Tuesday, February 12, 2013

No Regrets?

Face to face with my 9th grade biology teacher, her hands slightly raised from her short stature, choking my neck and her eyes bulging with a flushed face, was no way I had imagined the start of my eight a.m. class. I had even heard the warnings from my buddy Doland, “John, … John… Jo…,” then I turned into this wall of rage. And, in all honesty, she had every right to be livid. We had taken an exam the day before, and prior to the bell, I noticed the grade book open on her desk. For some dumb reason, I thought it would be informative and rather cool to read the results of the test, for any student who wanted to know their personal grade. After she released me from her firm, two-handed grip around my neck, the class sat in a hushed silence as I gingerly reported back to my seat. Needless to say, it was difficult to break the somber tone for the rest of the hour. I felt terrible, and it wasn’t a failure that I wanted to share with anyone who thought I was an upstanding teen.
I’ve never felt the sentiment of some of our cultural heroes, who boldly say of their lives, “NO REGRETS!” Are you serious!? That was a mild infraction for what many of us experience, yet I think my 40’s have been about the introspective journey of facing shame and embarrassment over segments of my past. Take for instance, just a few weeks ago, I got out my journal with plans to write out all that I still induced any type of regret or feeling of disgrace in my life. I thought the tiny writing exercise would go by quickly, but soon, I had jots that filled a whole page!
The causes of shame: things done to us (we are the victims), things we proactively did or passively didn’t do, and feeling like we fall short of some standard that others or God has set for us.
Rest assured your list won’t be my list. But, I’ll bet you have a list… An overheard conversation where you were cut to the core? A heart-rending end to a relationship? An abortion? A rape? Being caught red-handed? Saying something that ended up being offensive, you can’t take back(this can happen through written words that are often misunderstood, even with the best intentions.) Being fired? You can’t get control of your weight? An addiction? Oh my, the things that can cause us shame, embarrassment, and disgrace.  And oh how the enemy of my soul and your soul uses negative experiences to drive the stakes of shame into our beings and pin down our potential.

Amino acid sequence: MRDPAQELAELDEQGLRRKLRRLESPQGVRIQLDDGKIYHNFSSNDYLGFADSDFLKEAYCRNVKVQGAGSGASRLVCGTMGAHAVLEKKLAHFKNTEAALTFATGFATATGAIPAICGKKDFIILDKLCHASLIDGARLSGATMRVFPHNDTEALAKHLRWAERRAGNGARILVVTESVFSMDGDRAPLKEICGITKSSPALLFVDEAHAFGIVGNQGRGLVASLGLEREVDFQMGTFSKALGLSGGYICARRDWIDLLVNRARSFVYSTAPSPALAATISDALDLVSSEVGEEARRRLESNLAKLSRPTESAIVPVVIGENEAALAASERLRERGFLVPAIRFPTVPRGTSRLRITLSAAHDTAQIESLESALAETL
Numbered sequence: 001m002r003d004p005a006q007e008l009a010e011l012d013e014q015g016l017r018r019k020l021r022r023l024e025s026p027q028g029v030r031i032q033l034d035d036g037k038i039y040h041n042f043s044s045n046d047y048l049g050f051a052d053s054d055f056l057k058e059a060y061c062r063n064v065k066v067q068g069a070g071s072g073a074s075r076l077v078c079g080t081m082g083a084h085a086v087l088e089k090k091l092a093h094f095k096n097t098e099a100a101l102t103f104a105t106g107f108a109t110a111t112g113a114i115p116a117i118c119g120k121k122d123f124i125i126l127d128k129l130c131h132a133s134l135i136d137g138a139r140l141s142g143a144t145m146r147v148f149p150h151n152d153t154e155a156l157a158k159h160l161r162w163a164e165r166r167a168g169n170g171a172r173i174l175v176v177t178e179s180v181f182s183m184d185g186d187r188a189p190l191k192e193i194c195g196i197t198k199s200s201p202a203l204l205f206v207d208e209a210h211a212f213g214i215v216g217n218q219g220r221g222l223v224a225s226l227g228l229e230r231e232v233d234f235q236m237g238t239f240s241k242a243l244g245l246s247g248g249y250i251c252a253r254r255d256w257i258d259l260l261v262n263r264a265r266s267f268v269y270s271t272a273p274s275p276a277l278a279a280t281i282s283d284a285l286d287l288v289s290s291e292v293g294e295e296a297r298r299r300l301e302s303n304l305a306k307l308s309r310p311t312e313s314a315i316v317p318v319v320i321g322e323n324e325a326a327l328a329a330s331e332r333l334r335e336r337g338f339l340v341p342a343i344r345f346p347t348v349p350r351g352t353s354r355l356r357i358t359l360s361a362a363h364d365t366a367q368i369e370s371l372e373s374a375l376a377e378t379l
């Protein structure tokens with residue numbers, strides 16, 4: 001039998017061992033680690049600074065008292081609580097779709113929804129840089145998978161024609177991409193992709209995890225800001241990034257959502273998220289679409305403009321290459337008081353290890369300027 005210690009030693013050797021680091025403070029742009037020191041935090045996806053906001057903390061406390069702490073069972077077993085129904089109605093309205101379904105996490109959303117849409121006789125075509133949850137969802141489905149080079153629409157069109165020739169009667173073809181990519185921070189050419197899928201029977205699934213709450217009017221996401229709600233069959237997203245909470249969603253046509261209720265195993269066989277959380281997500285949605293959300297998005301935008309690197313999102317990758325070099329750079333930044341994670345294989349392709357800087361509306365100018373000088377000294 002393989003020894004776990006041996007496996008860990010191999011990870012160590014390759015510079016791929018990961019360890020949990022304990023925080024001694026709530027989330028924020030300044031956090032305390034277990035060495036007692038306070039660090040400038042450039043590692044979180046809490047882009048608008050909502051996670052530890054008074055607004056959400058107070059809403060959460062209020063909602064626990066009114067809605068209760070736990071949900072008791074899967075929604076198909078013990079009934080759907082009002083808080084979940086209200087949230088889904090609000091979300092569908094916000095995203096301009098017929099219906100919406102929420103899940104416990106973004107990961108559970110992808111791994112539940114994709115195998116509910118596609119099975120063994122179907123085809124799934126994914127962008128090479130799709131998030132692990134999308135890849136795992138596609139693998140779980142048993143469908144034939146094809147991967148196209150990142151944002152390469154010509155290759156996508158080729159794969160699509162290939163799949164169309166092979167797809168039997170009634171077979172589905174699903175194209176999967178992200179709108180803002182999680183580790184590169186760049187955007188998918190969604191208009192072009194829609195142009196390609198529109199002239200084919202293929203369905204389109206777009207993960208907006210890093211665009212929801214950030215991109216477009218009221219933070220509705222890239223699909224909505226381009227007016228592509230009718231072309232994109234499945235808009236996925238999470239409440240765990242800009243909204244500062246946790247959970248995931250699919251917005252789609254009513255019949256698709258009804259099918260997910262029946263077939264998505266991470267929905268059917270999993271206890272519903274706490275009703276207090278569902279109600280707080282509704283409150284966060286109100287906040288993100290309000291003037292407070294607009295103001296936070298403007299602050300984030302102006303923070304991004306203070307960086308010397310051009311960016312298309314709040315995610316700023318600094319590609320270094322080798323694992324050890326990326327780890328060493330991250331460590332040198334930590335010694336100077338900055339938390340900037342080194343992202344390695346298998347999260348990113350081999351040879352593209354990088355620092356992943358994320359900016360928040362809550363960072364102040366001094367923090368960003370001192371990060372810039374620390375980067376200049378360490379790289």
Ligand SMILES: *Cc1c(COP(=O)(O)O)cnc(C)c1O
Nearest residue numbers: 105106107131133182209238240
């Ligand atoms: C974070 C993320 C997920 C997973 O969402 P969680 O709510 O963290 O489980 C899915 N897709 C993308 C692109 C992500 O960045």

Here are four things I have been doing with my shame. Notice I’m still processing some of that journal page.
1)      Forgive-- God, others, and yourself. God gets the blame sometimes. Let Him off the hook and take responsibility for your happiness and internal freedom. Corrie Ten Boom, a Holocaust concentration camp survivor, explained forgiving others as a firm decision of the will. The feelings can continue much like a large bell that has been rung. The chime can be heard as the bell tolls back and forth. Eventually the sound diminishes, and the clapper comes to a resting position, as long as the bell rope isn’t pulled again.
2)      Grace-- get in touch with it. When I look at my list of shame, I SURELY NEED undeserved goodness. God offers it. Yet, just like God, you and I need to offer that same kind of love and acceptance to others. They are broken too. It’s sacrificial and crazy love that busts through barriers before it is a transforming agent for our wounds of shame and regret.
3)      Surrender-- when I don’t know what to do with the internal pain, I can surely surrender it to God. A few weeks ago in church, a song was sung by the Newsboys, called “In the Hands of God.”  A few lines caught my attention: “When our strength gave way to the weight of guilt,  Til we strain for every breath, Only One could lift our shame and make us well, And when all is finished and we face the fearsome power of death Only One has overcome the gates of hell. In the hands of God we will fall, Rest for the restless and the weary, hope for the sinner, In the hands of God we stand tall, Hands that are mighty to deliver givin' us freedom…”
That saying, “Let go, and let God…,” can go a long way.
4)      Truth-- when the pain is deep enough, any lie or destructive message about who I am must be replaced with a principle or message about myself that will help me cope with any reality that I face. I find that the Bible is full of principles that help me replace stinkin’ thinkin’ with TRUTH that is liberating. A verse that comes to mind is Philippians 4:8- “…whatever is true, whatever is noble, whatever is right, whatever is pure, whatever is lovely, whatever is admirable—if anything is excellent or praiseworthy—think about such things.”
Ps. 119:80- May my heart be blameless towards your decrees, that I may not be put to shame.